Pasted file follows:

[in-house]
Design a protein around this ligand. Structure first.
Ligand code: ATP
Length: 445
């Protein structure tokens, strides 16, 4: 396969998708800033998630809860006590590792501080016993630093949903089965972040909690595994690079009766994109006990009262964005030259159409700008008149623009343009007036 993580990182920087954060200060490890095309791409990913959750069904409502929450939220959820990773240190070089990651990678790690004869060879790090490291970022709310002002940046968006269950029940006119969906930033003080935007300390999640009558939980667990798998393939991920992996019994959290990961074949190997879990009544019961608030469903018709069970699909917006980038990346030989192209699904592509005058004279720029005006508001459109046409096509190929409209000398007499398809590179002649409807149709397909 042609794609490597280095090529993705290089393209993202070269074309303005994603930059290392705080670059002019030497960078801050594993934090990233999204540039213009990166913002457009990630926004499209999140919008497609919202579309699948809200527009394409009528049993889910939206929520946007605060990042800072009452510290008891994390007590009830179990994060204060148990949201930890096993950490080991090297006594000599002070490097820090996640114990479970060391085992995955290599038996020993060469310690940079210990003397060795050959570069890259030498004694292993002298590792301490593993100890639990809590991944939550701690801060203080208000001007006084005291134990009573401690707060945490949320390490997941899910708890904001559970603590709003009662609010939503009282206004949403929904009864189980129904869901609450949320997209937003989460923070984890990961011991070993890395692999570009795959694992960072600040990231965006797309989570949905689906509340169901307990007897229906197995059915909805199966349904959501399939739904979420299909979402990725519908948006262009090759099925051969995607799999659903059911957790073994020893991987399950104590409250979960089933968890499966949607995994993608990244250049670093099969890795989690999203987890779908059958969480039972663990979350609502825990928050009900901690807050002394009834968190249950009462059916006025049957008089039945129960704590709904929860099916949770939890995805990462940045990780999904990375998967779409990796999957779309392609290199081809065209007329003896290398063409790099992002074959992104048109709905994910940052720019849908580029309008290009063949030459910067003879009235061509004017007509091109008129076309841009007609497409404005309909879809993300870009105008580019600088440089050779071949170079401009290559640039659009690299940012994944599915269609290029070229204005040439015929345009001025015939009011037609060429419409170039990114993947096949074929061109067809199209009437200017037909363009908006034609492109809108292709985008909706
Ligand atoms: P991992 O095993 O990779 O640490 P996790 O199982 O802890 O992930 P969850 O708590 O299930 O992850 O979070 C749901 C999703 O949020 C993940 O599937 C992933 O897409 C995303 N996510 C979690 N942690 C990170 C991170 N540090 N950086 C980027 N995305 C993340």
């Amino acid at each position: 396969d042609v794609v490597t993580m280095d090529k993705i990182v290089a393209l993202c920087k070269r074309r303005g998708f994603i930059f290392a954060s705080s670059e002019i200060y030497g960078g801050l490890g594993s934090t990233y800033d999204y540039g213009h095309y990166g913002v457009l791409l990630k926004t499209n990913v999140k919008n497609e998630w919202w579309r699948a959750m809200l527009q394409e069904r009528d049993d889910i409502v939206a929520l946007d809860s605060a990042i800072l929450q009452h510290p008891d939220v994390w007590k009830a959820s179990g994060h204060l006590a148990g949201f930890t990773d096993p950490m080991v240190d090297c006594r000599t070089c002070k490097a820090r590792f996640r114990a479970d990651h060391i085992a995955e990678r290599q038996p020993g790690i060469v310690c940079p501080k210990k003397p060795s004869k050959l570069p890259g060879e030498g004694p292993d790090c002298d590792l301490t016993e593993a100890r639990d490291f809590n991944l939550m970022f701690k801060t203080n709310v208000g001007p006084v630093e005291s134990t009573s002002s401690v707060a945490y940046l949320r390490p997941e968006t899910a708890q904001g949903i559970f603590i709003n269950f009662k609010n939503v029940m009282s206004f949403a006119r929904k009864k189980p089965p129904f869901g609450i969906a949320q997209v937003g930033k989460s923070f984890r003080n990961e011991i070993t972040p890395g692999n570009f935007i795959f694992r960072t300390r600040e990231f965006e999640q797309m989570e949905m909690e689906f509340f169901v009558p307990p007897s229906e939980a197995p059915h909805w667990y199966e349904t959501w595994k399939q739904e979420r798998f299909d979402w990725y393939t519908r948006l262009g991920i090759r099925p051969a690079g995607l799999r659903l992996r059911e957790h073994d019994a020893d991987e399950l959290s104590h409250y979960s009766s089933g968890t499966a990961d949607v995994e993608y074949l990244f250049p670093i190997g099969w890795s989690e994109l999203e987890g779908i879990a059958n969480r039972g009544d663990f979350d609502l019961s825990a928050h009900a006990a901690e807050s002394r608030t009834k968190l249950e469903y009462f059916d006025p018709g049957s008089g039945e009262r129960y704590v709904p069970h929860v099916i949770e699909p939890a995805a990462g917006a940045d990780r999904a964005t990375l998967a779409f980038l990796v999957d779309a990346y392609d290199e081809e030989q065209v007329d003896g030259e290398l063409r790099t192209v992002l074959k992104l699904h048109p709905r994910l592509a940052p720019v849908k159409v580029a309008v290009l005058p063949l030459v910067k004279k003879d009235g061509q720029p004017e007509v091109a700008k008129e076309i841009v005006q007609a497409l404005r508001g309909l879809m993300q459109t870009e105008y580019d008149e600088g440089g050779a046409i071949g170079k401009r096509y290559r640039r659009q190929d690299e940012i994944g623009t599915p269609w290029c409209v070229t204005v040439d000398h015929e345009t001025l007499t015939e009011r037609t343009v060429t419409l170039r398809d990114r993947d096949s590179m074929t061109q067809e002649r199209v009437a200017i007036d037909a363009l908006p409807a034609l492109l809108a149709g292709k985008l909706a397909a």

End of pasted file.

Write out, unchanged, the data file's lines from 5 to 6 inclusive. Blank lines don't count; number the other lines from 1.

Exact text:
């Protein structure tokens, strides 16, 4: 396969998708800033998630809860006590590792501080016993630093949903089965972040909690595994690079009766994109006990009262964005030259159409700008008149623009343009007036 993580990182920087954060200060490890095309791409990913959750069904409502929450939220959820990773240190070089990651990678790690004869060879790090490291970022709310002002940046968006269950029940006119969906930033003080935007300390999640009558939980667990798998393939991920992996019994959290990961074949190997879990009544019961608030469903018709069970699909917006980038990346030989192209699904592509005058004279720029005006508001459109046409096509190929409209000398007499398809590179002649409807149709397909 042609794609490597280095090529993705290089393209993202070269074309303005994603930059290392705080670059002019030497960078801050594993934090990233999204540039213009990166913002457009990630926004499209999140919008497609919202579309699948809200527009394409009528049993889910939206929520946007605060990042800072009452510290008891994390007590009830179990994060204060148990949201930890096993950490080991090297006594000599002070490097820090996640114990479970060391085992995955290599038996020993060469310690940079210990003397060795050959570069890259030498004694292993002298590792301490593993100890639990809590991944939550701690801060203080208000001007006084005291134990009573401690707060945490949320390490997941899910708890904001559970603590709003009662609010939503009282206004949403929904009864189980129904869901609450949320997209937003989460923070984890990961011991070993890395692999570009795959694992960072600040990231965006797309989570949905689906509340169901307990007897229906197995059915909805199966349904959501399939739904979420299909979402990725519908948006262009090759099925051969995607799999659903059911957790073994020893991987399950104590409250979960089933968890499966949607995994993608990244250049670093099969890795989690999203987890779908059958969480039972663990979350609502825990928050009900901690807050002394009834968190249950009462059916006025049957008089039945129960704590709904929860099916949770939890995805990462940045990780999904990375998967779409990796999957779309392609290199081809065209007329003896290398063409790099992002074959992104048109709905994910940052720019849908580029309008290009063949030459910067003879009235061509004017007509091109008129076309841009007609497409404005309909879809993300870009105008580019600088440089050779071949170079401009290559640039659009690299940012994944599915269609290029070229204005040439015929345009001025015939009011037609060429419409170039990114993947096949074929061109067809199209009437200017037909363009908006034609492109809108292709985008909706
Ligand atoms: P991992 O095993 O990779 O640490 P996790 O199982 O802890 O992930 P969850 O708590 O299930 O992850 O979070 C749901 C999703 O949020 C993940 O599937 C992933 O897409 C995303 N996510 C979690 N942690 C990170 C991170 N540090 N950086 C980027 N995305 C993340």